He is the unsung hero of the day, shuttling everyone back up to the top. Little do you know he sometimes hates your guts. Read this to find out why.

Yippee kay yay, here we go. Another day filled with driving up and down and up and down. 

Sounds easy right? Turns out, nothing is ever easy if you look at it long enough. 

The idea is simple. The guide makes a plan for the day, we meet the group at a bunch of selected spots and shuttle them up to the top. We kick the day off at 9am. Grab the van, make sure there’s fuel in the tank and hook the trailer up. So far, so good. 

Next up is loading up the bikes. No matter how good the trailer is made, there is always some giant with a XXL bike out there that barely fits or of course the opposite; a tiny XS sized frame with some #26AiNtDeAd wheels. Out come the strappy straps to cinch them down. Wouldn’t want to be known as that shuttle driver that lost two bikes. 

First thing in the morning, there is always a lovely feel of chaos. One half of the group is dressed, fed, caffeinated and ready to rumble. The other half is finishing breakfast, taking a number two or giving their bike a full service. Why would you do this in the morning? Well after yesterday's ride he was knackered and preferred beers over doing what's right. 

Not a problem at all to make everyone wait in the morning. 

I always like to do a quick check if everyone has their lunch, helmet, gloves and backpack. This usually pinpoints that one guy that forgot any or all of the above before we drive off. 

It’s standard protocol that the guide rides shotgun. That way he can let me know all the changes in the planning he has planned for the day. Not that this matters, as I am sure the plan will change from this change of plan. 

Sometimes, one of the riders squeezes in the front. Even when there are seats in the back. Carsickness is nothing to mess with, so when this happens I switch to my ‘Finnish Rally driver’ mode on the way up until he turns pale. Then back off, as I don’t want last night's dinner all over the dashboard. 

Unloading the top is another story. Everyone usually bursts out of the van, taking in the views and fumbling with their kit before they switch to selfie / instabanger mode. Everything for the ‘gram! I’ll occupy myself with unloading the bikes in the meantime. With no one paying attention, the bikes soon get scattered all over the place, blocking parking spots.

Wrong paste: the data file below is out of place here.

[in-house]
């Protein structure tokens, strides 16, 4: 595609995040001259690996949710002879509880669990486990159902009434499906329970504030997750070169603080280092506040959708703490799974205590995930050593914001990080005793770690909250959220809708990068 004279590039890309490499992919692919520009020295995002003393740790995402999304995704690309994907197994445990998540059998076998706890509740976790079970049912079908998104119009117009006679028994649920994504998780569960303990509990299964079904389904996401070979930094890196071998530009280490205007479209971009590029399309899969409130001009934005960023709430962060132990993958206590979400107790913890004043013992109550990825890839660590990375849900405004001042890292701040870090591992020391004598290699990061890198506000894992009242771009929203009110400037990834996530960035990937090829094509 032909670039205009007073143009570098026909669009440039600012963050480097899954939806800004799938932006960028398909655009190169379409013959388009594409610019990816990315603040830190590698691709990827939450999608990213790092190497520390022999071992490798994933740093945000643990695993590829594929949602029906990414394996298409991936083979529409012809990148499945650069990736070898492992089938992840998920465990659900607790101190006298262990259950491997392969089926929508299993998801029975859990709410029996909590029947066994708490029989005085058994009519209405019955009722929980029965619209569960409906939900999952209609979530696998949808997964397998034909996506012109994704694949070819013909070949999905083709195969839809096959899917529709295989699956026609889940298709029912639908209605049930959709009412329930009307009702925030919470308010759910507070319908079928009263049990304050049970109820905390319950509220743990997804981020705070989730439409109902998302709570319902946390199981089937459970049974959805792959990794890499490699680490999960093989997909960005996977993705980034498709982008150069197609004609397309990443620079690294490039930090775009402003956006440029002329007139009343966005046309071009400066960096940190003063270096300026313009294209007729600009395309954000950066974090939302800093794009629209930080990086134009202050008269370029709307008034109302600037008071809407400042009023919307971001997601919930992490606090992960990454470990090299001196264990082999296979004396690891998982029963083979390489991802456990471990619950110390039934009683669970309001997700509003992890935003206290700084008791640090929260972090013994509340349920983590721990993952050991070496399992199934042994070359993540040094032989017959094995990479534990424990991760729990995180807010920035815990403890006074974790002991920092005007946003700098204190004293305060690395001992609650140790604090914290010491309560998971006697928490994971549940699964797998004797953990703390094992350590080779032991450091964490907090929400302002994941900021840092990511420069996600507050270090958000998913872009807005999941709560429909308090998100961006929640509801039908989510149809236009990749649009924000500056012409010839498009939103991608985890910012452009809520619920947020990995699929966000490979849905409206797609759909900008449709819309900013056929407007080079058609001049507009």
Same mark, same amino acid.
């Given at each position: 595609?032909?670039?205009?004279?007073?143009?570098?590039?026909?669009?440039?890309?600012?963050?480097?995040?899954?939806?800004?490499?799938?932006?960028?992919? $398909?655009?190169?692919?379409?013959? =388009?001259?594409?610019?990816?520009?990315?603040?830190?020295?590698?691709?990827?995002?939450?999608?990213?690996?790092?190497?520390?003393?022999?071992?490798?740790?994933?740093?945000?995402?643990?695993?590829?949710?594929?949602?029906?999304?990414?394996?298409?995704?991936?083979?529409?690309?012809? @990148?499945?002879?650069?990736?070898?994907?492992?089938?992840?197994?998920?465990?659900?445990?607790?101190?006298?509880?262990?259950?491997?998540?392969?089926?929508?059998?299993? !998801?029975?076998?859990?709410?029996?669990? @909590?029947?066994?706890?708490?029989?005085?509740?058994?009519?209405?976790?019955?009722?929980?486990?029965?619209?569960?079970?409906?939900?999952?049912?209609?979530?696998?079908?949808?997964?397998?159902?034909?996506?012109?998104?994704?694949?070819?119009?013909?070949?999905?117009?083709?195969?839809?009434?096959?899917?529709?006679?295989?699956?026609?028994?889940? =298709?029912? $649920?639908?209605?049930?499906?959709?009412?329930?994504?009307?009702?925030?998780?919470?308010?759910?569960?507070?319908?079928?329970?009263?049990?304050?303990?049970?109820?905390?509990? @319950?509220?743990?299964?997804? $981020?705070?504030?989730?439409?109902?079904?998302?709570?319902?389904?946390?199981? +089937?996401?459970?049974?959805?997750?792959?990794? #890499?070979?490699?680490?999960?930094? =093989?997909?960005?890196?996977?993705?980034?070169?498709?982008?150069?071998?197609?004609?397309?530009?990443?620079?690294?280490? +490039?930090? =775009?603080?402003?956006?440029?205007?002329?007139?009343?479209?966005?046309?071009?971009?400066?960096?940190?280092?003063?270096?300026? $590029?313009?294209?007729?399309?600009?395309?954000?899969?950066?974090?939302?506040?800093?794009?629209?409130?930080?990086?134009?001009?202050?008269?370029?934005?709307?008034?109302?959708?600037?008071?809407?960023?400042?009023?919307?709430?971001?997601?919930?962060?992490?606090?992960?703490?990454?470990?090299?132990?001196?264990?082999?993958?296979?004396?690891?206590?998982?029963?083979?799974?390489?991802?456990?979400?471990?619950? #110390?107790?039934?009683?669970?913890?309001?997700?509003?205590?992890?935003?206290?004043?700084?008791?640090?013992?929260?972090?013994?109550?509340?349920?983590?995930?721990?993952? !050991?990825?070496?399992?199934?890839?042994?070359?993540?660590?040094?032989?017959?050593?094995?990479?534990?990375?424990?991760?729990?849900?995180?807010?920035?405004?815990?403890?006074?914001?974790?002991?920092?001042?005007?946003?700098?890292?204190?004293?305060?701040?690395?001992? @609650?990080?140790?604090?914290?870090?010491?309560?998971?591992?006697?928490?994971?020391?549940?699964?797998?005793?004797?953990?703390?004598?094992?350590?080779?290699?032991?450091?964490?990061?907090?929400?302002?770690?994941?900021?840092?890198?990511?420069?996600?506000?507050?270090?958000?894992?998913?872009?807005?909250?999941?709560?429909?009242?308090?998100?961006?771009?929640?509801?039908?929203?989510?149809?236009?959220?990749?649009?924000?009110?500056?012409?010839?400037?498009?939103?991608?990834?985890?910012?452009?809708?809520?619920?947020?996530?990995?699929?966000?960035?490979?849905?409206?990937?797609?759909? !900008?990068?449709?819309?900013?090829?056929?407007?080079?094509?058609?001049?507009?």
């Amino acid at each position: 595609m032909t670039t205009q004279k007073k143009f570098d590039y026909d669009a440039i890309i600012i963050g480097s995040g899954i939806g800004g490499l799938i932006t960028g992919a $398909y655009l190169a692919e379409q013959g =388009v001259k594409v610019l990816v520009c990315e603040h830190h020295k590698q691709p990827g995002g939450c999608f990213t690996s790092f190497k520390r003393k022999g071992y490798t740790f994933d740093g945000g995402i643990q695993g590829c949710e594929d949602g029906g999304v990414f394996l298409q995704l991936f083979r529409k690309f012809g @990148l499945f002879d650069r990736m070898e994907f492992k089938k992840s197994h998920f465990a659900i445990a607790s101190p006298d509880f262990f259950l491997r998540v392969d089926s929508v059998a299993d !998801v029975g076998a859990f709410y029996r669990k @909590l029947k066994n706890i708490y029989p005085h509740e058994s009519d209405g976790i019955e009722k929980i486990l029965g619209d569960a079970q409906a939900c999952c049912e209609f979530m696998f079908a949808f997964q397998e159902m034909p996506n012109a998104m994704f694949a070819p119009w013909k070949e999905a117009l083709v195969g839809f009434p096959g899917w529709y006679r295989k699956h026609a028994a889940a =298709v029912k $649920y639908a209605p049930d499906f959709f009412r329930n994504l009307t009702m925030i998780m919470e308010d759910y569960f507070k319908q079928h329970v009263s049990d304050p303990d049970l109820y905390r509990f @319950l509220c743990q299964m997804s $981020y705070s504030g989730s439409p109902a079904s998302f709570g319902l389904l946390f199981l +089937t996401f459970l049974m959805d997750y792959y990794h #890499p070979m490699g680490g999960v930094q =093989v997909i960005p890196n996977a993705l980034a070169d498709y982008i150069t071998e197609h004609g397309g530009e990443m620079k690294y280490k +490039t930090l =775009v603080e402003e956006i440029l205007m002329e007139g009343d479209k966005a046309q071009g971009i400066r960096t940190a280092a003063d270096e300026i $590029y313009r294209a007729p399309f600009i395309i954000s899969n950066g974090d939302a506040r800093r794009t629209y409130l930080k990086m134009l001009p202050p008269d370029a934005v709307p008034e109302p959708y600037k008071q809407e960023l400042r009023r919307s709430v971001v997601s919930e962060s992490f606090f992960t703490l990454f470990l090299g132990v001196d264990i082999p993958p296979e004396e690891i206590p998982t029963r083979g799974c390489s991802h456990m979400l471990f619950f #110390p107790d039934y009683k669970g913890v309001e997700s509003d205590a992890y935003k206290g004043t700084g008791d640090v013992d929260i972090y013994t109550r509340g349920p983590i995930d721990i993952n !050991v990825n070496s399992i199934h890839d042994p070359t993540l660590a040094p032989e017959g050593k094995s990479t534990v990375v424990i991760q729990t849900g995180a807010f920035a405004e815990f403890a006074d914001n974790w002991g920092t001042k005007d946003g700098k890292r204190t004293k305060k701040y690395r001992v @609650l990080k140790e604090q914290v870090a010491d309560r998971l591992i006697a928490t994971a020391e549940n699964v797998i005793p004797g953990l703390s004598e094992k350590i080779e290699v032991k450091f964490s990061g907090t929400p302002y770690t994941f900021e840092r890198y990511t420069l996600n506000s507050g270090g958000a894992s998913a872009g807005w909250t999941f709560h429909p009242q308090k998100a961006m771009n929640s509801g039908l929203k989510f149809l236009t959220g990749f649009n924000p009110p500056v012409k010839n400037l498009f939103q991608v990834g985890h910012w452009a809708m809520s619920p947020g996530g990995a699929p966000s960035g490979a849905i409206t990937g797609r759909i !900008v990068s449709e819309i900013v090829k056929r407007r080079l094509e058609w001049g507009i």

As I close all the doors of the van (somehow people think they close automatically?!) and plan to make my way down, there is always a bike positioned right in front of the van, or leaning against the trailer. One day I will not spot it, and accidentally run over their pride and joy that's perfectly placed in front of my wheels. 

Next up is my favorite bit of the day. I swoosh down the hill while blasting my favorite tunes towards the meeting point. Judging by the high levels of my ‘punter-o-meter’ it will take them a good time before they’re down, if no one stacks it that is. 

Fortunately for me, there is always one rider that went for too many layers. You have no idea how much I love having that sweat drenched thermo layer hanging over the back seat in the van reeking of ferrets pubic hair.  

At the end of the day people tend to doze off on the way back. This is the key moment to bring out the classics on the soundsystem. NoFX, Rancid and some good old 90’s Eurohouse to bring back the mood. Or not. 

Arriving back at the starting point, it’s always great to see everyone rush off to the beer fridge. No worries I’ll take your bike off the trailer. No need to take your bag out of the van either, or that sweat soaked shirt. It’s totally fine to leave the energy bar wrappers and banana peels squeezed in between the seats too. 

In all fairness, I can’t complain about my job really. At the end of the day, I enable people to have the time of their lives. Due to me, they skip the climbing 8000m of vertical to reach some of the worlds best singletrack. I might be growling every now and then, but I sure love doing what I do.